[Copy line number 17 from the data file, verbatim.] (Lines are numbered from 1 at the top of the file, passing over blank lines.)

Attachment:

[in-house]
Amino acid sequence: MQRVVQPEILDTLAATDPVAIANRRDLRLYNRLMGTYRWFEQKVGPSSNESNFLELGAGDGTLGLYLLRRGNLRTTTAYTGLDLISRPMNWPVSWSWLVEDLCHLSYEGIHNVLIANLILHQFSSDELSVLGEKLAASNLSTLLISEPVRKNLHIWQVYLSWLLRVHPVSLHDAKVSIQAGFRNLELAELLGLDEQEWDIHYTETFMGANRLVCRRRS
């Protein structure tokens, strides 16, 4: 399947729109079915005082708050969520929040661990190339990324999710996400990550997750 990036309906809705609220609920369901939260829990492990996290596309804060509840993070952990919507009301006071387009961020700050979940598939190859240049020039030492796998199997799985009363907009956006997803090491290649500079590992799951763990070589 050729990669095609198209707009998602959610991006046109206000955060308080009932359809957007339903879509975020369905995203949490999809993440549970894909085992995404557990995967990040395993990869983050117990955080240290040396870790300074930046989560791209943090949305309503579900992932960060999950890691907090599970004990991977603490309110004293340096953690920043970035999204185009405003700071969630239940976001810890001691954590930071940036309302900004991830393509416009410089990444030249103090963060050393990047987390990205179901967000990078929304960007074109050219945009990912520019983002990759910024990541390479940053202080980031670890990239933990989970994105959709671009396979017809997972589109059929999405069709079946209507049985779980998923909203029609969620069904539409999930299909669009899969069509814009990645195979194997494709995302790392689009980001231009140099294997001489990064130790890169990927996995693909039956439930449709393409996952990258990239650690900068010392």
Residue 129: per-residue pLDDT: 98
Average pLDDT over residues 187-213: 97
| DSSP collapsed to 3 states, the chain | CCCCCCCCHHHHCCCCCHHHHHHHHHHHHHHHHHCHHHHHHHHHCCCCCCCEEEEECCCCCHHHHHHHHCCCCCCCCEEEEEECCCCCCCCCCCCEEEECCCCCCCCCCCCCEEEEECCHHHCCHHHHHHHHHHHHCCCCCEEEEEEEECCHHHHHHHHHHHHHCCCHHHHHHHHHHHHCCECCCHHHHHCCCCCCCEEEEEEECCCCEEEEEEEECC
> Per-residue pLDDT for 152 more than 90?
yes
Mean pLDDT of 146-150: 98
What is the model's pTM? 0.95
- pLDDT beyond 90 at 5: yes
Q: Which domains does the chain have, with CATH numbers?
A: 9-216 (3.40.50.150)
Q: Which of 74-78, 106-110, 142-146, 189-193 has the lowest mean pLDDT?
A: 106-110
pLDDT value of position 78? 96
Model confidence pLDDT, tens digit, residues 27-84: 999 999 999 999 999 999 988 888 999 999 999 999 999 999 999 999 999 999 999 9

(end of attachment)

Model confidence pLDDT, tens digit, residues 27-84: 999 999 999 999 999 999 988 888 999 999 999 999 999 999 999 999 999 999 999 9